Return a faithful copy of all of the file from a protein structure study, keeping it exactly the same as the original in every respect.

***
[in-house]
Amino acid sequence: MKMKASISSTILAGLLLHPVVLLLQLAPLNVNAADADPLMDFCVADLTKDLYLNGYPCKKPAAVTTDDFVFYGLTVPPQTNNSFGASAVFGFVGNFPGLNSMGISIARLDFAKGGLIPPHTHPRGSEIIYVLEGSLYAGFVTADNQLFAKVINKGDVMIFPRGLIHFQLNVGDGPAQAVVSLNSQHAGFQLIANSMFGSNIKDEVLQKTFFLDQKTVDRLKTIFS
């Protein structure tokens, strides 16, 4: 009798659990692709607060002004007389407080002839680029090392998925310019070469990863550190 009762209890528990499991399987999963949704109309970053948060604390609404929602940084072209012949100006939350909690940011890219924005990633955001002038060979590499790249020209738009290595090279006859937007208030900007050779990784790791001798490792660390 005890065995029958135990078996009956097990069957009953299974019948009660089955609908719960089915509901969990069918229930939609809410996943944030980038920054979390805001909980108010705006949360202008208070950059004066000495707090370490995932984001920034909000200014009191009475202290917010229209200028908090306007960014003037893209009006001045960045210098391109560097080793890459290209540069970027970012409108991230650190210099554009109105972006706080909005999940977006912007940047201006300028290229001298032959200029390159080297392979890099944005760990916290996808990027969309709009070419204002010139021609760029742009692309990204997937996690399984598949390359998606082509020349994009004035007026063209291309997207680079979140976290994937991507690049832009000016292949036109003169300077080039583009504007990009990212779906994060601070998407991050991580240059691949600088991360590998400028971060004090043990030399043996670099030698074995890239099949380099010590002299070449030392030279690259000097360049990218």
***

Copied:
[in-house]
Amino acid sequence: MKMKASISSTILAGLLLHPVVLLLQLAPLNVNAADADPLMDFCVADLTKDLYLNGYPCKKPAAVTTDDFVFYGLTVPPQTNNSFGASAVFGFVGNFPGLNSMGISIARLDFAKGGLIPPHTHPRGSEIIYVLEGSLYAGFVTADNQLFAKVINKGDVMIFPRGLIHFQLNVGDGPAQAVVSLNSQHAGFQLIANSMFGSNIKDEVLQKTFFLDQKTVDRLKTIFS
């Protein structure tokens, strides 16, 4: 009798659990692709607060002004007389407080002839680029090392998925310019070469990863550190 009762209890528990499991399987999963949704109309970053948060604390609404929602940084072209012949100006939350909690940011890219924005990633955001002038060979590499790249020209738009290595090279006859937007208030900007050779990784790791001798490792660390 005890065995029958135990078996009956097990069957009953299974019948009660089955609908719960089915509901969990069918229930939609809410996943944030980038920054979390805001909980108010705006949360202008208070950059004066000495707090370490995932984001920034909000200014009191009475202290917010229209200028908090306007960014003037893209009006001045960045210098391109560097080793890459290209540069970027970012409108991230650190210099554009109105972006706080909005999940977006912007940047201006300028290229001298032959200029390159080297392979890099944005760990916290996808990027969309709009070419204002010139021609760029742009692309990204997937996690399984598949390359998606082509020349994009004035007026063209291309997207680079979140976290994937991507690049832009000016292949036109003169300077080039583009504007990009990212779906994060601070998407991050991580240059691949600088991360590998400028971060004090043990030399043996670099030698074995890239099949380099010590002299070449030392030279690259000097360049990218």